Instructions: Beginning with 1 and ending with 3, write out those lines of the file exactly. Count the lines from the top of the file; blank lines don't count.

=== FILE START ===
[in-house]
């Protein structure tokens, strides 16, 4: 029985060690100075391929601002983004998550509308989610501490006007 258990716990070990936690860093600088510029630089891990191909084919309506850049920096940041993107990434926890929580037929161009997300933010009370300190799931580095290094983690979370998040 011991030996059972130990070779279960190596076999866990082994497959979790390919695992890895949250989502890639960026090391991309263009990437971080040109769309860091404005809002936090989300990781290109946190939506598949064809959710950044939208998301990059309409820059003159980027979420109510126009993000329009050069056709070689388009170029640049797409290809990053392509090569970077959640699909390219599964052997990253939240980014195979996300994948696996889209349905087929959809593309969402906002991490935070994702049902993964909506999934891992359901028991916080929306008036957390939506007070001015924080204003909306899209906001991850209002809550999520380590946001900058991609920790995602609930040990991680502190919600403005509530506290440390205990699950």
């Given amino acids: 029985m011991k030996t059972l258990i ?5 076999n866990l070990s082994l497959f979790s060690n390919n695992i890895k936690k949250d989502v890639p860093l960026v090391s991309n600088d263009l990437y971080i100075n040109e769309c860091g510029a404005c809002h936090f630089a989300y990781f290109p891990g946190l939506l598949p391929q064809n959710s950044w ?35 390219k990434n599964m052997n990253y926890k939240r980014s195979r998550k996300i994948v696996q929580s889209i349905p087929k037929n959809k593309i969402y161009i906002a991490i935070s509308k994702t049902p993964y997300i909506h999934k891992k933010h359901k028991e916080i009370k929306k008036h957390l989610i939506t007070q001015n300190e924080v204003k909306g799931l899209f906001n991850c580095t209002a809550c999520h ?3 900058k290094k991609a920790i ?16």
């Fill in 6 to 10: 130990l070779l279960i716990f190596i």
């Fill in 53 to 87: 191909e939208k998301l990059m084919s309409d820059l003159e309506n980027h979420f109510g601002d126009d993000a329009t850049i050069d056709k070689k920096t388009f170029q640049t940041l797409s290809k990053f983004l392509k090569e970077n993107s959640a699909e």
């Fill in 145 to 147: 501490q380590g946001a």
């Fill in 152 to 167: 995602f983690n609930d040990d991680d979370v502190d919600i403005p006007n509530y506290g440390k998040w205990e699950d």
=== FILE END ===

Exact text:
[in-house]
């Protein structure tokens, strides 16, 4: 029985060690100075391929601002983004998550509308989610501490006007 258990716990070990936690860093600088510029630089891990191909084919309506850049920096940041993107990434926890929580037929161009997300933010009370300190799931580095290094983690979370998040 011991030996059972130990070779279960190596076999866990082994497959979790390919695992890895949250989502890639960026090391991309263009990437971080040109769309860091404005809002936090989300990781290109946190939506598949064809959710950044939208998301990059309409820059003159980027979420109510126009993000329009050069056709070689388009170029640049797409290809990053392509090569970077959640699909390219599964052997990253939240980014195979996300994948696996889209349905087929959809593309969402906002991490935070994702049902993964909506999934891992359901028991916080929306008036957390939506007070001015924080204003909306899209906001991850209002809550999520380590946001900058991609920790995602609930040990991680502190919600403005509530506290440390205990699950």
């Given amino acids: 029985m011991k030996t059972l258990i ?5 076999n866990l070990s082994l497959f979790s060690n390919n695992i890895k936690k949250d989502v890639p860093l960026v090391s991309n600088d263009l990437y971080i100075n040109e769309c860091g510029a404005c809002h936090f630089a989300y990781f290109p891990g946190l939506l598949p391929q064809n959710s950044w ?35 390219k990434n599964m052997n990253y926890k939240r980014s195979r998550k996300i994948v696996q929580s889209i349905p087929k037929n959809k593309i969402y161009i906002a991490i935070s509308k994702t049902p993964y997300i909506h999934k891992k933010h359901k028991e916080i009370k929306k008036h957390l989610i939506t007070q001015n300190e924080v204003k909306g799931l899209f906001n991850c580095t209002a809550c999520h ?3 900058k290094k991609a920790i ?16």